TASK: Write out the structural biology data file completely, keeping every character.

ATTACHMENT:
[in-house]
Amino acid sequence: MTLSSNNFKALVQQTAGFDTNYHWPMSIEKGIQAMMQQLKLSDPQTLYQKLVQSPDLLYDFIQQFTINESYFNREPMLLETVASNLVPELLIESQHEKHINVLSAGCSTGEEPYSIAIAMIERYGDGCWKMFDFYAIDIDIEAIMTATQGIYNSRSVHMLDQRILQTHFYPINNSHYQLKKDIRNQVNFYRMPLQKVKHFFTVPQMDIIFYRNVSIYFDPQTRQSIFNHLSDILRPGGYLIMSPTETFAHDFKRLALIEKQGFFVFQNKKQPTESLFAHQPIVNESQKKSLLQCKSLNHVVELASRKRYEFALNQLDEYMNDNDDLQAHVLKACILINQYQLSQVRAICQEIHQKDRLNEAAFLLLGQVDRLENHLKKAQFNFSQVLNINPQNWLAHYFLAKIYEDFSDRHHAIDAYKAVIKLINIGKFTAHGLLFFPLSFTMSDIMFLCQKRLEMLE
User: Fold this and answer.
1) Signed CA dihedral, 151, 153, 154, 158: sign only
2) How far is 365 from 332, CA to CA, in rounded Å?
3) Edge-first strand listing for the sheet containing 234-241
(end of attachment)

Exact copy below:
[in-house]
Amino acid sequence: MTLSSNNFKALVQQTAGFDTNYHWPMSIEKGIQAMMQQLKLSDPQTLYQKLVQSPDLLYDFIQQFTINESYFNREPMLLETVASNLVPELLIESQHEKHINVLSAGCSTGEEPYSIAIAMIERYGDGCWKMFDFYAIDIDIEAIMTATQGIYNSRSVHMLDQRILQTHFYPINNSHYQLKKDIRNQVNFYRMPLQKVKHFFTVPQMDIIFYRNVSIYFDPQTRQSIFNHLSDILRPGGYLIMSPTETFAHDFKRLALIEKQGFFVFQNKKQPTESLFAHQPIVNESQKKSLLQCKSLNHVVELASRKRYEFALNQLDEYMNDNDDLQAHVLKACILINQYQLSQVRAICQEIHQKDRLNEAAFLLLGQVDRLENHLKKAQFNFSQVLNINPQNWLAHYFLAKIYEDFSDRHHAIDAYKAVIKLINIGKFTAHGLLFFPLSFTMSDIMFLCQKRLEMLE
User: Fold this and answer.
1) Signed CA dihedral, 151, 153, 154, 158: sign only
2) How far is 365 from 332, CA to CA, in rounded Å?
3) Edge-first strand listing for the sheet containing 234-241